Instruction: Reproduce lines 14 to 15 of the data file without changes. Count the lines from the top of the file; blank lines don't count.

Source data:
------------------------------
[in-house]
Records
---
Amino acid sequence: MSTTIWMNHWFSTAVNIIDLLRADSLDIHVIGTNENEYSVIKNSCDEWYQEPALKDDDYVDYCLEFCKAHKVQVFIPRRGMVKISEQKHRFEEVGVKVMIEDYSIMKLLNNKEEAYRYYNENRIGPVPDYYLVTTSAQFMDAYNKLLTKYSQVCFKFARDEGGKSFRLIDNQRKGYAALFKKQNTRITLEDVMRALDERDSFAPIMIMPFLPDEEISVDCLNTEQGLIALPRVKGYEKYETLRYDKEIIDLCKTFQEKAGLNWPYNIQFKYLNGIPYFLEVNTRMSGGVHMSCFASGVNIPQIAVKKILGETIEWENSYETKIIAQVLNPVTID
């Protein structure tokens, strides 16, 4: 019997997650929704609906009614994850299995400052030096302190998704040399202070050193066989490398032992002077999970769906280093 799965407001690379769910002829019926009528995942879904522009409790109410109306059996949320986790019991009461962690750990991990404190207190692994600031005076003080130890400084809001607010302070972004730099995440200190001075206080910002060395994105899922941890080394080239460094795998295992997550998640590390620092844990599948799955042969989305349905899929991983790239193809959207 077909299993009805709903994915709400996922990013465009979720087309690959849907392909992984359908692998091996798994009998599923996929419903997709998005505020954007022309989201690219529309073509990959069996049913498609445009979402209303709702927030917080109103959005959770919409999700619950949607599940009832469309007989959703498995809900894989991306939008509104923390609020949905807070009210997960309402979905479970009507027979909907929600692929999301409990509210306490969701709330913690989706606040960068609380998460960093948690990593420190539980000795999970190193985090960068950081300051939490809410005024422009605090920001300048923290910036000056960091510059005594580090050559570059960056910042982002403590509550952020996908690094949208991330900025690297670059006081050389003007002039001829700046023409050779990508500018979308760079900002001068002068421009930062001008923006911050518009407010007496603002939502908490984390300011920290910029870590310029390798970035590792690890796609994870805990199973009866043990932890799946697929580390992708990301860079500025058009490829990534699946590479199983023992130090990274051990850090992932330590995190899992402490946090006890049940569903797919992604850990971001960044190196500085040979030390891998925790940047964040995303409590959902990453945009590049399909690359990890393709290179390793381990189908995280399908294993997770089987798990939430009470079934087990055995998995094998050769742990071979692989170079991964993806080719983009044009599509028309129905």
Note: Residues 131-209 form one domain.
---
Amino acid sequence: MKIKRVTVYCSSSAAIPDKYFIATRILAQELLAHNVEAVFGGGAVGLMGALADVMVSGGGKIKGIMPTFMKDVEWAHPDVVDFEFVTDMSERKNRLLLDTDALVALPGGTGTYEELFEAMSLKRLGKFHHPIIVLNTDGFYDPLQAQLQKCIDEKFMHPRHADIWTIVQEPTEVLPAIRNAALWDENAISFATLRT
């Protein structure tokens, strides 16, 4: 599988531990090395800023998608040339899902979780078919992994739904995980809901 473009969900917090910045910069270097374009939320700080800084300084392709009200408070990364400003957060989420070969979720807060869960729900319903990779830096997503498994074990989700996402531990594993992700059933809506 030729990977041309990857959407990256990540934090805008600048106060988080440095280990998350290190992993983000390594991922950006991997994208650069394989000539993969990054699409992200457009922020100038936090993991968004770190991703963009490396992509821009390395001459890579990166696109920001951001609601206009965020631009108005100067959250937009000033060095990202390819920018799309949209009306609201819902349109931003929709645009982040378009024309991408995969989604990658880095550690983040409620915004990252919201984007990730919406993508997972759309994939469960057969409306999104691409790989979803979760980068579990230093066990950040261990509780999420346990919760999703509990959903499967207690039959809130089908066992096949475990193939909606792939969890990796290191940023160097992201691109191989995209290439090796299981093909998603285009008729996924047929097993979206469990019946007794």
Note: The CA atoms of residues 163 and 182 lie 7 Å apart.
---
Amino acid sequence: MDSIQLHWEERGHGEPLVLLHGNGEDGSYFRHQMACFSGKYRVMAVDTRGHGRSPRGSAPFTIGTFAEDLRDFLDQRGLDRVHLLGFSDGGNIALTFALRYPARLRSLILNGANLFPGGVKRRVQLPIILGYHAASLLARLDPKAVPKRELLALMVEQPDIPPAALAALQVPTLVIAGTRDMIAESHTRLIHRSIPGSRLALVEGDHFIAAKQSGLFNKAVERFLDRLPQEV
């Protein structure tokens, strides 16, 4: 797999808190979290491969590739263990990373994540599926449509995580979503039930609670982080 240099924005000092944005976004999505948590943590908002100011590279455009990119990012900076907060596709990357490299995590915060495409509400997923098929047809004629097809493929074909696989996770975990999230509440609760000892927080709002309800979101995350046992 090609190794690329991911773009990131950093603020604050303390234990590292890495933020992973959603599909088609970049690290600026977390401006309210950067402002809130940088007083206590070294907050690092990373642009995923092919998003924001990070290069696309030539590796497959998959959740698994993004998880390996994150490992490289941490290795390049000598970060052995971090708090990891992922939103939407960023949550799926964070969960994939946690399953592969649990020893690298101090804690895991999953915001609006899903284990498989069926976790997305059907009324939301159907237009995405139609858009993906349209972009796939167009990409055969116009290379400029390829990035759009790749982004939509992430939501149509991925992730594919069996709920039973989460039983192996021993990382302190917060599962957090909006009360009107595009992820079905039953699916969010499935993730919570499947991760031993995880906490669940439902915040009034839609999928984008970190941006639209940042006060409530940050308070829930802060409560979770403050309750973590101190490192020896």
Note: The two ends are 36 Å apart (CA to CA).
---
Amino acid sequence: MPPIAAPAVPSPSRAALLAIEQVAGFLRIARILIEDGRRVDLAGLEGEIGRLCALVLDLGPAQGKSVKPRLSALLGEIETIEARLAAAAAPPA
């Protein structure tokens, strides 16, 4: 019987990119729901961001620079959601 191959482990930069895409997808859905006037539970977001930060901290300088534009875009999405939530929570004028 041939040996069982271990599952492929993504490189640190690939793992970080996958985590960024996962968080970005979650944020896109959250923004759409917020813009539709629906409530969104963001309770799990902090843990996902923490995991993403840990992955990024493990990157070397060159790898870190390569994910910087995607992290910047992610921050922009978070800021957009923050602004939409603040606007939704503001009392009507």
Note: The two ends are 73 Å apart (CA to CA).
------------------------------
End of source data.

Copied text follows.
Note: The two ends are 36 Å apart (CA to CA).
---